Can Verizon's Redbox Challenge Netflix?

Kiran is a member of The Motley Fool Blog Network -- entries represent the personal opinion of the blogger and are not formally edited.

Prior to 2012, Redbox was just a kiosk video-rental outlet, while Verizon Communications (NYSE: VZ) was focused on its core telecommunications business. Both companies had absolutely no presence in the online video-streaming business. However, during 2012, Verizon made an initiative to form a joint venture with Coinstar, in order to offer online streaming services. Verizon’s stake in the business stood at 65%, while Coinstar held the remaining 35%.

The venture has only rolled out recently; hence, its impact on Verizon’s stock price has not been realized yet. However, going forward this segment certainly has the potential to drive Verizon’s earnings.

Growth potential in video streaming

Since Verizon's streaming business is still extremely marginal, we can examine revenue numbers from Netflix (NASDAQ: NFLX) in order to establish the potential of the underlying growth in the streaming business. According to the valuation offered by Trefis, at present, Redbox holds no value in Verizon's stock price.

However let's consider this, by the end of 2012, Netflix's U.S. subscriber base stood at 27 million, which  enabled it to generate a revenue of $2.17 billion. Further, Netflix generates $288 million through international markets and $1.1 billion through U.S. DVD subscriptions. According to a recent press release by Informa Telecoms & Media, the online video market will surpass $37 billion by 2017. With new additions such as Comcast's XFINITY, the market is expected to grow exponentially in the coming years.

Success or failure in the online streaming business predominantly depends on the content offerings. With Verizon's exceptional cash resources ($9.5 billion in cash) it can certainly establish a superior content library than Netflix.

The numbers presented above are indicative of the the growth potential that video streaming offers. I believe it can match Netflix's revenues in the next two years, however, it needs to be receptive and learn from its peers. How can Verizon's Redbox tweak its content library and overall business to match Netflix's numbers will be established later in the article.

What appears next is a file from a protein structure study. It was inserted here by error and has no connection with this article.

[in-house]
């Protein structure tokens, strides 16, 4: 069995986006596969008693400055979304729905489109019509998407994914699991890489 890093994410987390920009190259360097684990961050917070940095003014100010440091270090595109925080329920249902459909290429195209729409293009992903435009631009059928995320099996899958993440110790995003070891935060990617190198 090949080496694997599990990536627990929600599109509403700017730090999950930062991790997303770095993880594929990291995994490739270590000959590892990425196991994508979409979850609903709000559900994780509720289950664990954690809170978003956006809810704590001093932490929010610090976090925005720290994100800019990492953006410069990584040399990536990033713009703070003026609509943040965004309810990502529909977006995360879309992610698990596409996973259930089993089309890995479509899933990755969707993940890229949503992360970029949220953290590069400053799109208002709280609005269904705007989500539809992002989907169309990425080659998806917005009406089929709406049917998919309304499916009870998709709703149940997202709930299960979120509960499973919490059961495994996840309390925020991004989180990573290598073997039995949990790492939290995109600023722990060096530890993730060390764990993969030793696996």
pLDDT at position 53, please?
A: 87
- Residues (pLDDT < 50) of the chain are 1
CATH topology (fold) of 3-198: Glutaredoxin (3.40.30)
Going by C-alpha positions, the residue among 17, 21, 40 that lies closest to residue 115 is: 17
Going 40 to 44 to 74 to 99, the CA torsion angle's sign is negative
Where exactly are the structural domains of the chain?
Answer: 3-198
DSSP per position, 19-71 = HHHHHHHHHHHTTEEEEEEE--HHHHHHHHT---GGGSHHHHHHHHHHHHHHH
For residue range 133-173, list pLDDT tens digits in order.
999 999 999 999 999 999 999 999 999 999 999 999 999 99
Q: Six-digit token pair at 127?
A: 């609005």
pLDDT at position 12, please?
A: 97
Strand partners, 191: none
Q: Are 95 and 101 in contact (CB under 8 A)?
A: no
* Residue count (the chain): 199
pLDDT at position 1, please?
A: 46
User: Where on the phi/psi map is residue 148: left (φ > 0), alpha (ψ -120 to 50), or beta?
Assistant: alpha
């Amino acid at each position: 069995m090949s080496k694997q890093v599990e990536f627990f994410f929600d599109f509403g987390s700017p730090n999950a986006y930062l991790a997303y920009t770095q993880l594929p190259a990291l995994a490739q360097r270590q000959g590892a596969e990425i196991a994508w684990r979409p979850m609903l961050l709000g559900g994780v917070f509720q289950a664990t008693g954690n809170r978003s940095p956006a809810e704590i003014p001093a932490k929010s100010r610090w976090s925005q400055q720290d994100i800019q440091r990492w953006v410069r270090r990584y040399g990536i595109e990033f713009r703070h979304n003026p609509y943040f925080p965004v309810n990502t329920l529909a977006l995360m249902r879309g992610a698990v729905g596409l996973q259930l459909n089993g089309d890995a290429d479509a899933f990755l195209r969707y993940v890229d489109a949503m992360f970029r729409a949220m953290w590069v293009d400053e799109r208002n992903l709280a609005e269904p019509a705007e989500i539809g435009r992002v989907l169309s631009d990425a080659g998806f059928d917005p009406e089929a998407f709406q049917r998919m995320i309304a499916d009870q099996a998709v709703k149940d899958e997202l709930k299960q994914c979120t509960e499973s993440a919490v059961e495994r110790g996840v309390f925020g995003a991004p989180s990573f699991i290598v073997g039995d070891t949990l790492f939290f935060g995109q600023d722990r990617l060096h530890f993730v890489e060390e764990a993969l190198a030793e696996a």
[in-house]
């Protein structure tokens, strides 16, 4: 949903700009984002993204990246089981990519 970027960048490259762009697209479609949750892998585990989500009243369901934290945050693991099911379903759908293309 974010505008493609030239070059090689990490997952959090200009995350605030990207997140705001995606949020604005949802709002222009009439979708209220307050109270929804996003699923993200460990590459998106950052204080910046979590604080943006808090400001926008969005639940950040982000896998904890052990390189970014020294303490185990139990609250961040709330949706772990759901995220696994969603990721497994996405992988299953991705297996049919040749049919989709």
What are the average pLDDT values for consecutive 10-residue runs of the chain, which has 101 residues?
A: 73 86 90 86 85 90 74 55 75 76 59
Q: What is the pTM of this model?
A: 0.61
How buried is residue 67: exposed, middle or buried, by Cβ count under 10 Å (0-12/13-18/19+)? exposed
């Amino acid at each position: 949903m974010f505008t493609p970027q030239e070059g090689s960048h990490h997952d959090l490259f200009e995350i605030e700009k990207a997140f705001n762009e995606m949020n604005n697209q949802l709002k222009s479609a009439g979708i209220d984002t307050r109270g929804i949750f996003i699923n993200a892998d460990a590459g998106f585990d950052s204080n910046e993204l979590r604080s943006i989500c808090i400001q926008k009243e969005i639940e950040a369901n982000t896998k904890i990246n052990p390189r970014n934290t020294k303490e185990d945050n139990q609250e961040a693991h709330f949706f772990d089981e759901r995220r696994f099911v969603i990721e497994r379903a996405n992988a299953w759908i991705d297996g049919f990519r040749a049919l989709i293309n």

What influenced Verizon?

The demand for broadband in the U.S. has grown considerably over the years. Internet penetration in the U.S. is close to 80% with around 245 million Internet users. The rapid growth in demand for online video has increased in proportion with Internet users. Revenues for competitors such as Netflix (NASDAQ: NFLX) have increased exponentially over the past few years.

Such developments have influenced Verizon into entering the rapidly growing online streaming market. The company can augment its product by combining the video-streaming services with its existing pay TV in order to enhance its existing user base.

This will enable Verizon to gain a sustainable competitive edge in the wireless market and bolster its earnings in the future. Further, it can differentiate itself from rivals such as AT&T and Sprint Nextel, as both companies still do not possess any presence in the online video streaming market.

Verizon-Redbox’s business strategy

The online streaming service rolled out by Verizon, called Redbox Instant, differentiates itself through cost leadership, as it charges a mere $6 for its streaming services, which is relatively cheaper than its main competitor Netflix.

The new joint venture offers unlimited video streaming and four one-night credits for DVDs for a nominal $8 per month. By providing cheap monthly subscriptions coupled with some exciting features bundled as one, the new streaming service expects to outdo its competitors. However, it must be noted that its strategy is predominantly price centric and, thus lacks originality.

Where has Verizon gone wrong?

In the online video-streaming business, offering optimum quality and diverse content provides a company sustainable competitive edge in the long run. Online users give much higher preference to high-quality content, unique features, and multiple-device compatibility. Offering only cheap subscriptions will not allow it to penetrate deeper into the market, resulting in Redbox losing more ground to competitors such as Netflix.